History of South 24 Parganas District
History of South 24 Parganas narrates the strategies of the British rulers in India and the scenarios that led to the formation of the district.
The district of South 24 Parganas spans from metropolitan Kolkata up to the remote villages situated at the edge of Bay of Bengal. The nomenclature of the state was done ages ago in 1757. During this period Mir Jafar, the Nawab Of Bengal gave up the possession of 24 mahals to the British East India Company. This possession by the British was recorded by a treaty according to which the land that lies at the south of Kolkata up to Culpee would be under the Zamindari and the officers belonging to this Zamindari would be under the jurisdiction of East India Company. The notice or 'parwana' that declares the effect of the treaty had the mention of the names of the 24 units of granted land.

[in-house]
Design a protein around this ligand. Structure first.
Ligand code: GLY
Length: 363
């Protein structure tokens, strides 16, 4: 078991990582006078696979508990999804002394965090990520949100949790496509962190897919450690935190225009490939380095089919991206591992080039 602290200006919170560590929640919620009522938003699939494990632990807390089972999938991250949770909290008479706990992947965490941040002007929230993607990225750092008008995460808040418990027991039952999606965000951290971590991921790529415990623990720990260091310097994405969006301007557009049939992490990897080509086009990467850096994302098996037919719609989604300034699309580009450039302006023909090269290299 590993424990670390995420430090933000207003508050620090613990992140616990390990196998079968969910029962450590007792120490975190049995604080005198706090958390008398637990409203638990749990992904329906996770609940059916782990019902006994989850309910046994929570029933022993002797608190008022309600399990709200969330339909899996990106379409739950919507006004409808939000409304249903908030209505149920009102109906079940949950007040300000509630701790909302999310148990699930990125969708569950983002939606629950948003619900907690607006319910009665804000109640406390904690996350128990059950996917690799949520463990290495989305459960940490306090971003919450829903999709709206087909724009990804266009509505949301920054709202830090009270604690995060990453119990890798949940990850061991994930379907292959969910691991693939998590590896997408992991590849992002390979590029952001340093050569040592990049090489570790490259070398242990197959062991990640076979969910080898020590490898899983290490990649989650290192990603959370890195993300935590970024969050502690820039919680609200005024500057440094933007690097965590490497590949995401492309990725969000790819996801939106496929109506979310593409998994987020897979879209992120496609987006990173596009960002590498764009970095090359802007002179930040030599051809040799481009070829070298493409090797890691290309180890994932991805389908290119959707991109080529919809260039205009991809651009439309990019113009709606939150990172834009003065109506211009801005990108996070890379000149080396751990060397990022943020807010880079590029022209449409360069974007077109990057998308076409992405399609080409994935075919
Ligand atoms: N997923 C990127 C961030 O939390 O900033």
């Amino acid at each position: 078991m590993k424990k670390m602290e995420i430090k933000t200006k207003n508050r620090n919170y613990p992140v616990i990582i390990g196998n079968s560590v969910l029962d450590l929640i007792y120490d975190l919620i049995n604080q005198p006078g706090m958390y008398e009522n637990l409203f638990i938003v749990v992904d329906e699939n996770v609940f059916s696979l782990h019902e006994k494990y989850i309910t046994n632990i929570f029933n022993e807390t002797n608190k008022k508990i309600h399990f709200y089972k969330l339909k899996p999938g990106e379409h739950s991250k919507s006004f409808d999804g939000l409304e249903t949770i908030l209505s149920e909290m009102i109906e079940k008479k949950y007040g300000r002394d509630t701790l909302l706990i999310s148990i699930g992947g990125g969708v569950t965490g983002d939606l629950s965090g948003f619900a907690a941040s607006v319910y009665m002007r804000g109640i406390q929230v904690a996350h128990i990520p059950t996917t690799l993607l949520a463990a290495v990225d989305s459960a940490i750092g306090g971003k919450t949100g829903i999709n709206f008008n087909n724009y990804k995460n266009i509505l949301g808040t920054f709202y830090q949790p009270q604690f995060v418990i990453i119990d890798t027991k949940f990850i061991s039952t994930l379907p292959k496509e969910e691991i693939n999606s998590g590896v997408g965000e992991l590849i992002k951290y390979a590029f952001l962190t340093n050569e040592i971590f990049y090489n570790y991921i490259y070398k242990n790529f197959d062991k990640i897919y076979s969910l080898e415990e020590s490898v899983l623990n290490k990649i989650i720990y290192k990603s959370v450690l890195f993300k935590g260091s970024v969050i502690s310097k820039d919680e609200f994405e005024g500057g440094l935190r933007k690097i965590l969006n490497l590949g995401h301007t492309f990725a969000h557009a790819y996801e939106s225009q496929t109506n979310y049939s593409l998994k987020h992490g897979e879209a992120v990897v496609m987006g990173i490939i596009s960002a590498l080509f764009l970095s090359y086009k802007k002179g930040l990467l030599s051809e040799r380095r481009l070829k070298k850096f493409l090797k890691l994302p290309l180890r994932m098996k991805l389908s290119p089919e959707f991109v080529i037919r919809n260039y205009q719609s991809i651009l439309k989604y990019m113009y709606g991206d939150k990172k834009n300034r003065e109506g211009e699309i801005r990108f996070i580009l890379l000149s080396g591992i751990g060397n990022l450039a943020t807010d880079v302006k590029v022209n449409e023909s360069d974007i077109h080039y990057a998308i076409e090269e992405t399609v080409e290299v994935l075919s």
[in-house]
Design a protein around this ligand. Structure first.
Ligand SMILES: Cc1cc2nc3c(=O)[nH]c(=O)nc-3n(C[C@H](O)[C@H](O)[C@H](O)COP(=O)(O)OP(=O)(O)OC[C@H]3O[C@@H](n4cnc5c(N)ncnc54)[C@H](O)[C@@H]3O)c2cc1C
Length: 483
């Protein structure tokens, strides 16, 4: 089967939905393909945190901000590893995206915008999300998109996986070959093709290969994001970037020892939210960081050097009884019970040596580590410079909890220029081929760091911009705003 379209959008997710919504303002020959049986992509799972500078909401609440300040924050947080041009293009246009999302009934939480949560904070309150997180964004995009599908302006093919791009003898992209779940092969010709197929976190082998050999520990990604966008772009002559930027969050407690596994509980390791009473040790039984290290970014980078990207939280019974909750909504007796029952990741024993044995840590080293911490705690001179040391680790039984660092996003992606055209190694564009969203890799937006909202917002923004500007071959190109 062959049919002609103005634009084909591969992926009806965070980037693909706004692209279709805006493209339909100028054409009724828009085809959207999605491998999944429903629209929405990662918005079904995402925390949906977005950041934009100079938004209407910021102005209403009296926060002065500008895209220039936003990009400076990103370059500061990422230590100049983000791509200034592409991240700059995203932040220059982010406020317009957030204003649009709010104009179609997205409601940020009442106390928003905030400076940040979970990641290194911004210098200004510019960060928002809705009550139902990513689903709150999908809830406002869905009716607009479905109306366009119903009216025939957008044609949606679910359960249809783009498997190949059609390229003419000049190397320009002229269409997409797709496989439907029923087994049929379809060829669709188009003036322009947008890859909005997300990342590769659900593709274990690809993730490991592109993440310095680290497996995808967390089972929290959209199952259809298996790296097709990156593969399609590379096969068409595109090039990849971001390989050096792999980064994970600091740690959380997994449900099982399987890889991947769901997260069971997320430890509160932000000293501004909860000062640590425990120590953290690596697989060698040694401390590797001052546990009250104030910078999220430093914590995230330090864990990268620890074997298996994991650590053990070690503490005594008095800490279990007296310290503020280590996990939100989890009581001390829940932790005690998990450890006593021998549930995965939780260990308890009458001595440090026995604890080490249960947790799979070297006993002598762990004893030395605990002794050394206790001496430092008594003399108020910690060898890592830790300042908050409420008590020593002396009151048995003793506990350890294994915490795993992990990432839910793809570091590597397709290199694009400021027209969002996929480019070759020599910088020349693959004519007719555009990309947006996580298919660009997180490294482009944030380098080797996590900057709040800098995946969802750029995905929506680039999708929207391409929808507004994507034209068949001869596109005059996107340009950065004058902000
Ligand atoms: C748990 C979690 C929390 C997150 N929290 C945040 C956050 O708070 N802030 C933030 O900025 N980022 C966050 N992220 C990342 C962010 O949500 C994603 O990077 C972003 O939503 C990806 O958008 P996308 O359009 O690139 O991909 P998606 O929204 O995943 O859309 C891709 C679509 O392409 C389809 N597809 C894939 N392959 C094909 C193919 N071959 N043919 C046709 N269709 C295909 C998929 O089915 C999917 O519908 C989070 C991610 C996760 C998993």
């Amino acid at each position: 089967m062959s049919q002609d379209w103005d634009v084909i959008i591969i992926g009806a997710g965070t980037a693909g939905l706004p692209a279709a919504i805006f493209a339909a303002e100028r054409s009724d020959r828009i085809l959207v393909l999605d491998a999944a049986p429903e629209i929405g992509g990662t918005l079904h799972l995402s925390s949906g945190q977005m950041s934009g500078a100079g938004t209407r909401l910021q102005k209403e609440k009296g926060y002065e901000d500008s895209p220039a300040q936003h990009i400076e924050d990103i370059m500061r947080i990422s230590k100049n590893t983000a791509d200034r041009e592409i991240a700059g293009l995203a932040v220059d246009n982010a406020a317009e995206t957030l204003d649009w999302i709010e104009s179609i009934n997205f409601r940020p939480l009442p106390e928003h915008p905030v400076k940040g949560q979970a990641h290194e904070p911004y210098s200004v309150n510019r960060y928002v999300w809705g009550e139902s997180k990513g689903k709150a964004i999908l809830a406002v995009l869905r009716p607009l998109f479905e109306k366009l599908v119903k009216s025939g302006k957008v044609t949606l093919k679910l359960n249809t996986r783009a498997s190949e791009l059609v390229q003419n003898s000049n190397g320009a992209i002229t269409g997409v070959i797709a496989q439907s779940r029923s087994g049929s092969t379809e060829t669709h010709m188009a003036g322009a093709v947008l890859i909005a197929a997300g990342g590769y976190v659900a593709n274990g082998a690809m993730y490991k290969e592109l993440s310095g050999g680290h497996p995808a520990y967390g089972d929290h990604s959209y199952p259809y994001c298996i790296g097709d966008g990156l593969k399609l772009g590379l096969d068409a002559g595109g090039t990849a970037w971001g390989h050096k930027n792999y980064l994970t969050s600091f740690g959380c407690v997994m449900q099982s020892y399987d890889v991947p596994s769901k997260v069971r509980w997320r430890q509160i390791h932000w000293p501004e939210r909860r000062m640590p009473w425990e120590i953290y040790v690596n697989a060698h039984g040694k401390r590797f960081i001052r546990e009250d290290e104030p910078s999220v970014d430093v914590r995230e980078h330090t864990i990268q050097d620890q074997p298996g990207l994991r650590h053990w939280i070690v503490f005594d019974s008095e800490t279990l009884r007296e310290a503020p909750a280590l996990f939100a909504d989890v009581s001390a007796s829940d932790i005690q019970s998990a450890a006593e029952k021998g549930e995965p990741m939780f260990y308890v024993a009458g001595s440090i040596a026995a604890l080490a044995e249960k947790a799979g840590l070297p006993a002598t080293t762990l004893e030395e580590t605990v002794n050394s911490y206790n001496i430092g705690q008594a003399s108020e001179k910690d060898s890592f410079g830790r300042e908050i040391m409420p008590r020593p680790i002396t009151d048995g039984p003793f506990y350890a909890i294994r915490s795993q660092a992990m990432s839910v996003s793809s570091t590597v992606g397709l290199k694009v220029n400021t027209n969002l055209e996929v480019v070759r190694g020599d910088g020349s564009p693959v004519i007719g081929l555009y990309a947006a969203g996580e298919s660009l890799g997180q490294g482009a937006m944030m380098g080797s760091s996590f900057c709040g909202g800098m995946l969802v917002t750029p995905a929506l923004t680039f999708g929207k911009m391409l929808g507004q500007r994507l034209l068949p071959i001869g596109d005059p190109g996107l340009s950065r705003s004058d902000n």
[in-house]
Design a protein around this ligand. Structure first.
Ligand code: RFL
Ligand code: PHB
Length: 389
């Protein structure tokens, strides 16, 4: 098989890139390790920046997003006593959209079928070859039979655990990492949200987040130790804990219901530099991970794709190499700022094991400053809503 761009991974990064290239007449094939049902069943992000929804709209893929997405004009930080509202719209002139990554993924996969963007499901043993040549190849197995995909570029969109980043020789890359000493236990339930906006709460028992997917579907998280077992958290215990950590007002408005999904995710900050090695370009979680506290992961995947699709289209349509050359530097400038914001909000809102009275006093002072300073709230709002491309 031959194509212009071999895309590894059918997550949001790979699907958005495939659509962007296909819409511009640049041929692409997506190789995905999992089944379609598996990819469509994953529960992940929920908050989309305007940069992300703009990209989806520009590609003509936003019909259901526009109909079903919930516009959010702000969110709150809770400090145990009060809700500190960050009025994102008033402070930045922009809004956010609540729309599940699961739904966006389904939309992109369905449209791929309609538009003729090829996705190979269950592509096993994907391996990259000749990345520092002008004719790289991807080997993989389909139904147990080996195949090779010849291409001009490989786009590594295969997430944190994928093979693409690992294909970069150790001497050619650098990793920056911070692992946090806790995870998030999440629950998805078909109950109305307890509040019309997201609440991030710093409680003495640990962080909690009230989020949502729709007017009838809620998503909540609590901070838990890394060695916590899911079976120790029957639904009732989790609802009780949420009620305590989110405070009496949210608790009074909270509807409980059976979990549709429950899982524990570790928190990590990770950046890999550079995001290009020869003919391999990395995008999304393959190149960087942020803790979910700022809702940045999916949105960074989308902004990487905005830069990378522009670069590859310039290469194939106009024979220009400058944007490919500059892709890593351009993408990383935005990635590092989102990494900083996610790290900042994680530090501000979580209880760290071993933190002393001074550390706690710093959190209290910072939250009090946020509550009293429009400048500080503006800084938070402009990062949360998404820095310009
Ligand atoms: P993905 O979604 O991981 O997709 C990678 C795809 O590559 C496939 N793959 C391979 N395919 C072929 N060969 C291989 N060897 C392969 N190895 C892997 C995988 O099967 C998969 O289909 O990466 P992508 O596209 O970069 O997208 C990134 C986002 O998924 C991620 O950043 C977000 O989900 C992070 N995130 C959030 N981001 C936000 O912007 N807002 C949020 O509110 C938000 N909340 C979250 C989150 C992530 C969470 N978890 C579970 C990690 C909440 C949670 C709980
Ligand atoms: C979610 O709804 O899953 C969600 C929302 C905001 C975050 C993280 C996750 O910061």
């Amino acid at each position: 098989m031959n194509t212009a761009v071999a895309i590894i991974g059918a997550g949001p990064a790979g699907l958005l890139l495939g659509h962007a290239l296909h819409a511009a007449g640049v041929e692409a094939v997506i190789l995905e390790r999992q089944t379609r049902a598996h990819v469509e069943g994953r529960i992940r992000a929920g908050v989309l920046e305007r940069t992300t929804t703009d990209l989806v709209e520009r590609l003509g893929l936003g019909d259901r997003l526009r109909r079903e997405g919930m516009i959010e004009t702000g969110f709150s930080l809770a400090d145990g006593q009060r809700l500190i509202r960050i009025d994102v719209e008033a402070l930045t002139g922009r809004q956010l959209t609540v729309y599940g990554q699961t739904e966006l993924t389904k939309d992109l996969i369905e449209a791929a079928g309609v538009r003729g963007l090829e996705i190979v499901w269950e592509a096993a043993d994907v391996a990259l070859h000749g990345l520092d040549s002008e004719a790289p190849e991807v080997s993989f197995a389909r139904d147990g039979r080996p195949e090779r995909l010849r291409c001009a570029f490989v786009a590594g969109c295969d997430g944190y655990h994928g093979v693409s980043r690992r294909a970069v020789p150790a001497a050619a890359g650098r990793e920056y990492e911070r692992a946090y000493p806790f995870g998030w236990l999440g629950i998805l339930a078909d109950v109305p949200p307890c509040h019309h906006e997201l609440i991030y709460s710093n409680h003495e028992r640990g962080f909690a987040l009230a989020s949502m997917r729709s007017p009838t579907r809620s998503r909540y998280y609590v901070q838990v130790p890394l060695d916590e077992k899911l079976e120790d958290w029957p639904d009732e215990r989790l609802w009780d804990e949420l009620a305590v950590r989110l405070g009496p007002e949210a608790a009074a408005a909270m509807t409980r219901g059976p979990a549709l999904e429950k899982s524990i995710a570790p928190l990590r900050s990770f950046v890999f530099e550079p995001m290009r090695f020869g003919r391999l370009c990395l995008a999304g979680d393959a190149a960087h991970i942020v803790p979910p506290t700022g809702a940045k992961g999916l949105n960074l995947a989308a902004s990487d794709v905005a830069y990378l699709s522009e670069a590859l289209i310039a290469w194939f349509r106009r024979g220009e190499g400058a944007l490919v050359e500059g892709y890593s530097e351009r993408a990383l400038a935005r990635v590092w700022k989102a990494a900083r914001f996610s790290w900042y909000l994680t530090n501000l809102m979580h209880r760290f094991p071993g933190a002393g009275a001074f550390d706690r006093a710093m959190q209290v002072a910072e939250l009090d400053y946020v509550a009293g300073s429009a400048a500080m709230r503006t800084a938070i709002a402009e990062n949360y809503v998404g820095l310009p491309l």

The district was then stared to form under Clause Nos.2, 3 and 9 of the Regulation of 1793. The regulations also demarcated the revenue jurisdiction of the District Collector and the respective jurisdictions of the criminal and civil courts for the district. Till the year 1800, this arrangement remained valid.
On 1st March 1986, the present district of South 24 Parganas came into existence. The district was then divided into two subdivisions viz. Diamond Harbour and Alipore and 30 blocks. Later five subdivisions of the district were made including Kakdwip, Diamond Harbour, Canning, Baruipur and Alipore, 7 Municipalities and 29 blocks.
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